Creator of such hit shows as “Ally McBeal,” “The Practice” and “Boston Legal” said he’s worried that the six episodes NBC has given for his new show, “Harry’s Law,” to find an audience may not be enough time.
“We are worried,” he told scribes at the ongoing television critics tour in Pasadena. “Historically, my shows start slower and build, and a lot of my shows get mixed reactions with the pilot. Sometimes the reaction of the pilot is ‘I don’t get that. You don’t get the time today you got in the past. Most shows don’t find their footing until episodes seven, eight or nine. It would be nice if it was like the old days, when you get 22, or at least 13.”
“Harry’s Law,” which premieres Monday in the 9 p.m. timeslot, stars Kathy Bates as a former patent attorney who opens up a storefront legal office and takes a potpourri of cases in a crime-ridden Cincinnati neighborhood.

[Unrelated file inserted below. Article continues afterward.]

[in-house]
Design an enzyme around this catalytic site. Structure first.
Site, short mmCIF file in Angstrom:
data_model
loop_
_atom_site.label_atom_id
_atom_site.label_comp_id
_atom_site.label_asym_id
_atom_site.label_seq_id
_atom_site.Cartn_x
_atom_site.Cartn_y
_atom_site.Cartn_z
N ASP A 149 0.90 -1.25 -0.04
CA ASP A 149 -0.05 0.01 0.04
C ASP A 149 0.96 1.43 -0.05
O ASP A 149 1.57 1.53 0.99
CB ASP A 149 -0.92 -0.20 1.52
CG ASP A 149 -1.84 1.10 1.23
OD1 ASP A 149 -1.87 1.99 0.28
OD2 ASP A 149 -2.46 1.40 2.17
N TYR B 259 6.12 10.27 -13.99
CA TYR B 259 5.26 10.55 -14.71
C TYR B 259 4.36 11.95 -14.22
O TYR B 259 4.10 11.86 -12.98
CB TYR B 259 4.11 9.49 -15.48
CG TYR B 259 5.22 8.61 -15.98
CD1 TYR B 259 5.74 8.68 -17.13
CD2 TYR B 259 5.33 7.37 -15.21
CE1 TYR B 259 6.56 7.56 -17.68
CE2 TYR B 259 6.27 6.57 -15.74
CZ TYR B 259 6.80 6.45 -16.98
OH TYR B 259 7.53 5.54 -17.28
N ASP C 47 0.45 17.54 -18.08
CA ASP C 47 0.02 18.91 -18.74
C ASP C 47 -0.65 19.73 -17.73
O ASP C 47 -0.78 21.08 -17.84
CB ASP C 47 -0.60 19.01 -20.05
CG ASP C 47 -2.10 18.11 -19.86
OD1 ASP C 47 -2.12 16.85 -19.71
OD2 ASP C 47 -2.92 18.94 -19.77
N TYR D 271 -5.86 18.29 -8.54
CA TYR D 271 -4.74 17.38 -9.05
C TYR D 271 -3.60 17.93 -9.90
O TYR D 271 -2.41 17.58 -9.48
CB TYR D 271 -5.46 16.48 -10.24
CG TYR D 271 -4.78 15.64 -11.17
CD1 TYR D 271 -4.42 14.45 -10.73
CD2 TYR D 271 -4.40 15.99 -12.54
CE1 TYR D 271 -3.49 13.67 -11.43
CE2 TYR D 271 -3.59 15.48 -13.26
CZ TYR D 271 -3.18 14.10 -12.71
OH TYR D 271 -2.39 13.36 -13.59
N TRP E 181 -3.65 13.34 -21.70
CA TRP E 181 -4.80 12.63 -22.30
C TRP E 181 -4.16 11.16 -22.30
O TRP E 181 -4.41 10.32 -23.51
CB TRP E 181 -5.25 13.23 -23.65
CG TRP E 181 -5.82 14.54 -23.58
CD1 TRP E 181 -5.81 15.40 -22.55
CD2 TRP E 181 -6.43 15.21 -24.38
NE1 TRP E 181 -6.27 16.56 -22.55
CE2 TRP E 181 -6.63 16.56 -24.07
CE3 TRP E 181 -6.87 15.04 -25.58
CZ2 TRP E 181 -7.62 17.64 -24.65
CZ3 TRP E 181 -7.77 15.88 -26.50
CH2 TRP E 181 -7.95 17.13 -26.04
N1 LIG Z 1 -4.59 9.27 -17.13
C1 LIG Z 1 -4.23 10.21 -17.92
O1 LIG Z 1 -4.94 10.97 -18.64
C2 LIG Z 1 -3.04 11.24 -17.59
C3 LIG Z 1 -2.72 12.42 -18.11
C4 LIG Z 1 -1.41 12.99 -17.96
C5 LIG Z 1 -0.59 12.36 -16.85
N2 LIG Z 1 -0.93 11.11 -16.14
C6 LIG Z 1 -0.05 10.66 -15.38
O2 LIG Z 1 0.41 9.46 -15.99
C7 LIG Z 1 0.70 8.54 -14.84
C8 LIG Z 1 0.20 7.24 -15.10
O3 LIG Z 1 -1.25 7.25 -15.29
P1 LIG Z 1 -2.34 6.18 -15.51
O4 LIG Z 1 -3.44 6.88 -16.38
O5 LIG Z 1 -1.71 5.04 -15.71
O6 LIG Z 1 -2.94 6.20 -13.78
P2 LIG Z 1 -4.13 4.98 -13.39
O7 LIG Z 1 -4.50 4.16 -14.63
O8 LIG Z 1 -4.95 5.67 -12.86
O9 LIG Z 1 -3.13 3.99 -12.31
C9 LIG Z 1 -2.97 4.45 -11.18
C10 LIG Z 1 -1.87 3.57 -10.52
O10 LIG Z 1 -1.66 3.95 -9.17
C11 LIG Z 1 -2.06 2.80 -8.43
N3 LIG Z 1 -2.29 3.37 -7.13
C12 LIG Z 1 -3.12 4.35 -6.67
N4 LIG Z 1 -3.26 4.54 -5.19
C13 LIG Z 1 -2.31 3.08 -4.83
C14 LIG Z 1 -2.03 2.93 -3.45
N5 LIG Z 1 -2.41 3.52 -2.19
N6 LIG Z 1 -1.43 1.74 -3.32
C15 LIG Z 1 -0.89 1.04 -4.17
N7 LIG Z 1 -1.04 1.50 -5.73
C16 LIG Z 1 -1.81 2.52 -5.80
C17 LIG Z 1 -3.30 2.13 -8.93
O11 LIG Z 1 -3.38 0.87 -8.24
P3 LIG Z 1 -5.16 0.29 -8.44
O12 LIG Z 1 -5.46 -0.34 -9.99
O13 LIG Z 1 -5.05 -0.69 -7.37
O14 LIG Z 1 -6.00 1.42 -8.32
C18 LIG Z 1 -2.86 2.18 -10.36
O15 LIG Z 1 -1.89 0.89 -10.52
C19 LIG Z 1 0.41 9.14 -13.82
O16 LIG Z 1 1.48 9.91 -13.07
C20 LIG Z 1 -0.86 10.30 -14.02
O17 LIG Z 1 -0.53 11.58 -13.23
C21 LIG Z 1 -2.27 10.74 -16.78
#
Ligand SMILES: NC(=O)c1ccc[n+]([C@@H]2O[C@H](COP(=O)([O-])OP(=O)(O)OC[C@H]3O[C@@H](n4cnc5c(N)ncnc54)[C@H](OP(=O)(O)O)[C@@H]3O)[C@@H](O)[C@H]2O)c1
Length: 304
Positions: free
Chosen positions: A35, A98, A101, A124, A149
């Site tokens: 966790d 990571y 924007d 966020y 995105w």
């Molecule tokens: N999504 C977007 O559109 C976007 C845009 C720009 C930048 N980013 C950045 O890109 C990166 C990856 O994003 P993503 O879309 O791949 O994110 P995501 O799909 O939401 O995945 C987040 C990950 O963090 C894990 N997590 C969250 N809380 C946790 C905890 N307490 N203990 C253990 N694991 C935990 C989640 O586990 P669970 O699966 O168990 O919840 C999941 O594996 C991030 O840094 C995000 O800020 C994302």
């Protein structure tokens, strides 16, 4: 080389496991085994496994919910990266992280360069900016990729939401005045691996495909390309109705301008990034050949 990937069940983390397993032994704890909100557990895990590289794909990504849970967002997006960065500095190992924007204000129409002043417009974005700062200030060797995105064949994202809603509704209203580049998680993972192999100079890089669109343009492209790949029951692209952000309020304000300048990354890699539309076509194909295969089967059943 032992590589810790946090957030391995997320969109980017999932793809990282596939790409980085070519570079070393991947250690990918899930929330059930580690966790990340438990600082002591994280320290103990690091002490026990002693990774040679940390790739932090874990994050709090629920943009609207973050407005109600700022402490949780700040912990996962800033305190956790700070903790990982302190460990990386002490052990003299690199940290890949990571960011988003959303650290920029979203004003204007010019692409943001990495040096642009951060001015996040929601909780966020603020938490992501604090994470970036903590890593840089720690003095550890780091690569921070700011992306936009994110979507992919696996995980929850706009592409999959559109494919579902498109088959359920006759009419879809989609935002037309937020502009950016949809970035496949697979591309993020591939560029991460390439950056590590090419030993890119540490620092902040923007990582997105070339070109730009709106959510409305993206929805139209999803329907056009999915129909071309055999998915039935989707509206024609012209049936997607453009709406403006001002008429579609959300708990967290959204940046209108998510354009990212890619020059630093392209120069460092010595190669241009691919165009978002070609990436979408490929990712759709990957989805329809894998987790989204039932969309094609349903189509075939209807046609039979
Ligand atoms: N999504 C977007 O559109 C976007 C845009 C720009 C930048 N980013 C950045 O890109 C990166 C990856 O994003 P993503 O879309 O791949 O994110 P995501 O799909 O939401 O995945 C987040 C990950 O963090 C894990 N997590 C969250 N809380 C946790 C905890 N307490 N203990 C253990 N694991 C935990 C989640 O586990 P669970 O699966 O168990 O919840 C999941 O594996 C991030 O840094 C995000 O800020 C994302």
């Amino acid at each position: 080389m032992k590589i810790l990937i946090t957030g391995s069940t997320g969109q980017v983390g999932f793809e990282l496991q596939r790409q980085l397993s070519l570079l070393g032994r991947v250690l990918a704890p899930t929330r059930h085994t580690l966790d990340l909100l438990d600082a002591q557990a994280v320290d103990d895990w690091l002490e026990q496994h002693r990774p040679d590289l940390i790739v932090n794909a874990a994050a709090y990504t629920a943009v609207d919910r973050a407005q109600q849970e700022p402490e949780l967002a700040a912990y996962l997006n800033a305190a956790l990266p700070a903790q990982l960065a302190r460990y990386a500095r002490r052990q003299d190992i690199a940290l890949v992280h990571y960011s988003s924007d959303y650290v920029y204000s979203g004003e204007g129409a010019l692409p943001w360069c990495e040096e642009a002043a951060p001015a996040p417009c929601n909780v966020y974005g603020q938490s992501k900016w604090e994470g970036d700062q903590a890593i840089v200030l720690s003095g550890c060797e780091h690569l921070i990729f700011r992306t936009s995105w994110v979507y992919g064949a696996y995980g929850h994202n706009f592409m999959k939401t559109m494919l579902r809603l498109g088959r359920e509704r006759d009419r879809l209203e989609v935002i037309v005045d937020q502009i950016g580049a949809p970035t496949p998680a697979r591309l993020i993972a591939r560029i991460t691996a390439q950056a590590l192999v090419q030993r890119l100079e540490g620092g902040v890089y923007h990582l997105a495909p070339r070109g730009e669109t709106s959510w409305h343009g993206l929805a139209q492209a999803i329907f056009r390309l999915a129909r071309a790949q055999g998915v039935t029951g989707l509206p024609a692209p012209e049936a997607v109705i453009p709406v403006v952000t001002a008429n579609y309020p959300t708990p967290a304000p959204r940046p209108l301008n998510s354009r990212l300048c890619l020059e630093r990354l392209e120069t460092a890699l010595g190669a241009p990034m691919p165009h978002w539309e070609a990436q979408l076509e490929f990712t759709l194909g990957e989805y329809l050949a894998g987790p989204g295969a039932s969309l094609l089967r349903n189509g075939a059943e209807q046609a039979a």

NBC is sure to give the show plenty of promotion during Sunday’s Golden Globe telecast, but that might not make a difference. Even a series that gets out of the gate well – think “FlashForward” or “The Event” – doesn’t mean it’ll turn into a hit, or last beyond a single season.
“It’s tough sledding and a difficult timeslot, and we’re not conventional,” Kelley continued. “We have a 60-year-old lead, and not many shows do. But I have to believe that in a universe of 500-plus channels, there has to be room for one, two or three series willing to engage in topical debate. I realize you alienate a good part of your constituency when you do that, but any writer at the start has to decide what he wants to write and the stories he wants to tell.”